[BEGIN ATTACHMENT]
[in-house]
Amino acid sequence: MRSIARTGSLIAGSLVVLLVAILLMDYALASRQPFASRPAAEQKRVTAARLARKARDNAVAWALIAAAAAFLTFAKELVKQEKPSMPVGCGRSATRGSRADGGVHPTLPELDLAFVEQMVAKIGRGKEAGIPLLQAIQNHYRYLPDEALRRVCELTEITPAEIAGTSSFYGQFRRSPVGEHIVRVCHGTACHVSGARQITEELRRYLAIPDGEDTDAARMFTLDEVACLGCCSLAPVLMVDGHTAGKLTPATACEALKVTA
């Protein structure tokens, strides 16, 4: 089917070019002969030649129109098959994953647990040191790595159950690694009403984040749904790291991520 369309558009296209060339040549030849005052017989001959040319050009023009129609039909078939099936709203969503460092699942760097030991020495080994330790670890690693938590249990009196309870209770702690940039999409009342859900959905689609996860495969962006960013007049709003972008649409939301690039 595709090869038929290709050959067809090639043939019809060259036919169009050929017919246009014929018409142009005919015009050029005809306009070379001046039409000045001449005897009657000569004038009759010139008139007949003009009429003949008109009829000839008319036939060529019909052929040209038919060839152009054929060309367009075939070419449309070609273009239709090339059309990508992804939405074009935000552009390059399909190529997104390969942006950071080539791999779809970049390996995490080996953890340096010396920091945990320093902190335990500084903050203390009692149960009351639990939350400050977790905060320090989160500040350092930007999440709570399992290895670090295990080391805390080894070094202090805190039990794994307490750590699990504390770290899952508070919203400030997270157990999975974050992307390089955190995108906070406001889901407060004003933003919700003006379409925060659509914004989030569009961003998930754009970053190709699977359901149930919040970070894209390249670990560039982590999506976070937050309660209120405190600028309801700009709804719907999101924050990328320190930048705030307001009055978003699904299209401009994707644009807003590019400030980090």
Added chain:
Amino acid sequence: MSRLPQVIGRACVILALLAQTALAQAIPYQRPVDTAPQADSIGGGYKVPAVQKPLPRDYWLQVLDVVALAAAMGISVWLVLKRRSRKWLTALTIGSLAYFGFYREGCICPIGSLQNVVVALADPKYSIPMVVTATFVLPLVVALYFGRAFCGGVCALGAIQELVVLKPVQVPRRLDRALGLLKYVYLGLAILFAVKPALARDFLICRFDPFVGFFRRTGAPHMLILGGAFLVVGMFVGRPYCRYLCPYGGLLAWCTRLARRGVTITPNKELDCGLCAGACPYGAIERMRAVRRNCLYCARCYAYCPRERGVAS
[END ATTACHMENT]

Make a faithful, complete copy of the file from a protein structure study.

[in-house]
Amino acid sequence: MRSIARTGSLIAGSLVVLLVAILLMDYALASRQPFASRPAAEQKRVTAARLARKARDNAVAWALIAAAAAFLTFAKELVKQEKPSMPVGCGRSATRGSRADGGVHPTLPELDLAFVEQMVAKIGRGKEAGIPLLQAIQNHYRYLPDEALRRVCELTEITPAEIAGTSSFYGQFRRSPVGEHIVRVCHGTACHVSGARQITEELRRYLAIPDGEDTDAARMFTLDEVACLGCCSLAPVLMVDGHTAGKLTPATACEALKVTA
């Protein structure tokens, strides 16, 4: 089917070019002969030649129109098959994953647990040191790595159950690694009403984040749904790291991520 369309558009296209060339040549030849005052017989001959040319050009023009129609039909078939099936709203969503460092699942760097030991020495080994330790670890690693938590249990009196309870209770702690940039999409009342859900959905689609996860495969962006960013007049709003972008649409939301690039 595709090869038929290709050959067809090639043939019809060259036919169009050929017919246009014929018409142009005919015009050029005809306009070379001046039409000045001449005897009657000569004038009759010139008139007949003009009429003949008109009829000839008319036939060529019909052929040209038919060839152009054929060309367009075939070419449309070609273009239709090339059309990508992804939405074009935000552009390059399909190529997104390969942006950071080539791999779809970049390996995490080996953890340096010396920091945990320093902190335990500084903050203390009692149960009351639990939350400050977790905060320090989160500040350092930007999440709570399992290895670090295990080391805390080894070094202090805190039990794994307490750590699990504390770290899952508070919203400030997270157990999975974050992307390089955190995108906070406001889901407060004003933003919700003006379409925060659509914004989030569009961003998930754009970053190709699977359901149930919040970070894209390249670990560039982590999506976070937050309660209120405190600028309801700009709804719907999101924050990328320190930048705030307001009055978003699904299209401009994707644009807003590019400030980090």
Added chain:
Amino acid sequence: MSRLPQVIGRACVILALLAQTALAQAIPYQRPVDTAPQADSIGGGYKVPAVQKPLPRDYWLQVLDVVALAAAMGISVWLVLKRRSRKWLTALTIGSLAYFGFYREGCICPIGSLQNVVVALADPKYSIPMVVTATFVLPLVVALYFGRAFCGGVCALGAIQELVVLKPVQVPRRLDRALGLLKYVYLGLAILFAVKPALARDFLICRFDPFVGFFRRTGAPHMLILGGAFLVVGMFVGRPYCRYLCPYGGLLAWCTRLARRGVTITPNKELDCGLCAGACPYGAIERMRAVRRNCLYCARCYAYCPRERGVAS